Other mechanisms for international transfers of personal data available under EU data protection law
European Commission’s First Vice-President Frans Timmermans stated that both the protection of personal data transferred across the Atlantic and the continuation of transatlantic data flows, with adequate safeguards, are amongst Commission’s priorities. This is of extreme importance for more than 4,000 US companies that were relying on Safe Harbor. Commissioner Vera Jourová added that the EU data protection rules provide for several other mechanisms that provide safeguards for international transfers of personal data and that data flows can continue without the Safe Harbor.
Firstly, the Directive 95/46/EC (the Data Protection Directive) itself allows transfers to a third country which does not ensure an adequate level of protection on condition that the data subject has given his consent unambiguously to the proposed transfer, or if the transfer is:
- necessary for the performance of a contract, or
- necessary or legally required on important public interest grounds, or
- necessary in order to protect the vital interests of the data subject.
Other mechanisms for international transfers of personal data available under EU data protection law include model contractual clauses and binding corporate rules. Article 26 (2) of the Data Protection Directive provides that an EU member state may authorize personal data transfer to a third country which does not ensure an adequate level of protection, where the controller adduces adequate safeguards. Such safeguards may in particular result from appropriate contractual clauses. The European Commission has so far issued two sets of standard contractual clauses for transfers from data controllers to data controllers established outside the EU/EEA and one set for the transfer to processors established outside the EU/EEA. Binding Corporate Rules, on the other hand, are internal rules adopted by multinational group of companies which define its global policy with regard to the international transfers of personal data within the same corporate group to entities located in countries which do not provide an adequate level of protection and which are then approved by one lead EU data protection authority. The lead authority handles the EU co-operation procedure with the other relevant data protection authorities i.e. data protection authorities of those countries from where entities of the group transfer personal data to entities located in countries which do not ensure an adequate level of protection.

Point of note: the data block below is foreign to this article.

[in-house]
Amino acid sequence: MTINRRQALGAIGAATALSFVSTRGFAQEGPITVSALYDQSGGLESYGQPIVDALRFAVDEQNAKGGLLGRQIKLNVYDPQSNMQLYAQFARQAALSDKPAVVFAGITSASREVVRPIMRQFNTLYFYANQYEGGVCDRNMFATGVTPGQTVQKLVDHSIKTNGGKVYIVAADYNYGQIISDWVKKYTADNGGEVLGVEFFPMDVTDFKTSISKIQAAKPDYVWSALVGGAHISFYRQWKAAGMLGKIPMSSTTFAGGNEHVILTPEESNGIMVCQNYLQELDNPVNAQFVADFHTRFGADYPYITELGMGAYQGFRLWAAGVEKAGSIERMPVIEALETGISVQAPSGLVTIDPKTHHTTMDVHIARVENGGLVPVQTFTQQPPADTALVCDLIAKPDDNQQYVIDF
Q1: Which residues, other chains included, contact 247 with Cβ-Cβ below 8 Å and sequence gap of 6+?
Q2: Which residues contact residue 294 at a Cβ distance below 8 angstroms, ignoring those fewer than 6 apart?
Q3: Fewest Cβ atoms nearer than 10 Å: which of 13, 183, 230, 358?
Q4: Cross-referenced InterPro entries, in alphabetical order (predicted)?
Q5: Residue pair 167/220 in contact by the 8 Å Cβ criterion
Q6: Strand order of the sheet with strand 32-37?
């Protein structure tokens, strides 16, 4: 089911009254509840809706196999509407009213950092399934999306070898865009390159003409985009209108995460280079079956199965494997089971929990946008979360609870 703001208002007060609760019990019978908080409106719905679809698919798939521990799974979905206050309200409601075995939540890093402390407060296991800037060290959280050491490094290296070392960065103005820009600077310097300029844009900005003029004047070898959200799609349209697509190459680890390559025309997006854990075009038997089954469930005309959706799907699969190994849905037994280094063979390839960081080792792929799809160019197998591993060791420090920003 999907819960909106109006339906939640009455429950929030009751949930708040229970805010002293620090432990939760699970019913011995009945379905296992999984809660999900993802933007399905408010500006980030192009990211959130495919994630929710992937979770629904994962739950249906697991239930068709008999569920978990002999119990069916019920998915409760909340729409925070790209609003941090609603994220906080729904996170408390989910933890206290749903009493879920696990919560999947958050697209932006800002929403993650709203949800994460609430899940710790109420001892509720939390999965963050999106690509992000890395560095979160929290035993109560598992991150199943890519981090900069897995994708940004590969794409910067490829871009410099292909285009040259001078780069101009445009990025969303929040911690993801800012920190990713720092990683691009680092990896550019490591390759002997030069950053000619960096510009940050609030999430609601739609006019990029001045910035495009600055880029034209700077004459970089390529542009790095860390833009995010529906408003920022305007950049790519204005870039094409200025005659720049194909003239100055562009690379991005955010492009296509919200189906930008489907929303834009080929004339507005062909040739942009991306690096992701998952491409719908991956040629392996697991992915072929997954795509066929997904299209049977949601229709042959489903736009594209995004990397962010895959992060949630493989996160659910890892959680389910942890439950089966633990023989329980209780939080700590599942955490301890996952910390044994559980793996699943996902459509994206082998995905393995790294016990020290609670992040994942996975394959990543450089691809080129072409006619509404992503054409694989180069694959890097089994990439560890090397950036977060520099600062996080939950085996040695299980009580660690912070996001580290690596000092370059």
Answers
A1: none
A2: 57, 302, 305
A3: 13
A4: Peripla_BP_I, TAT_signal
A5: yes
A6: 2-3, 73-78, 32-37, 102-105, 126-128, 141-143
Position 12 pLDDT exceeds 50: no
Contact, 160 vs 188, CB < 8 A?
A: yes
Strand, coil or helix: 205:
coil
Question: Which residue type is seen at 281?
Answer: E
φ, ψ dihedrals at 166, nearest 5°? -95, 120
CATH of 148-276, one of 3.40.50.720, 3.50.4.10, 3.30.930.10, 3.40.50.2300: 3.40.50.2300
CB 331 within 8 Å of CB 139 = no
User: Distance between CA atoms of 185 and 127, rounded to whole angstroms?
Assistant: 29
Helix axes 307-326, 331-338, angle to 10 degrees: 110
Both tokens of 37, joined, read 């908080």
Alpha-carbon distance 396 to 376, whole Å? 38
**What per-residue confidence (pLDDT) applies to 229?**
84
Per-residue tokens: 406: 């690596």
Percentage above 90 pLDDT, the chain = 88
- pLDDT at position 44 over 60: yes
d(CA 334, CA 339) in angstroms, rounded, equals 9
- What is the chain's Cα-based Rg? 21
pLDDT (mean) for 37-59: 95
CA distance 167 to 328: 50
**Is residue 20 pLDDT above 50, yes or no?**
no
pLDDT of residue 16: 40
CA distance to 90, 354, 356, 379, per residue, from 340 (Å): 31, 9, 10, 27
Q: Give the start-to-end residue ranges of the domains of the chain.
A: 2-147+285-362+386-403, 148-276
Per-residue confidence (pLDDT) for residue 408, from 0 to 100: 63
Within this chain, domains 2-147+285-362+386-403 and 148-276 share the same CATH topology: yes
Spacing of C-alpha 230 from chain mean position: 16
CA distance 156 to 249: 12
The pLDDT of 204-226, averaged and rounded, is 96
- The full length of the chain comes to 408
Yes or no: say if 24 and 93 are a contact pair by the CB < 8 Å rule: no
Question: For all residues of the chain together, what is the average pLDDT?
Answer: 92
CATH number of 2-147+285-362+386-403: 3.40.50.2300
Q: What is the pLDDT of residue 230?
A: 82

Finally, restructuring data storage architecture by migrating data servers to European countries to ensure that European data remains in Europe is always an option, but may add significant cost.
How concerned should you be for personal data transfers from Serbia?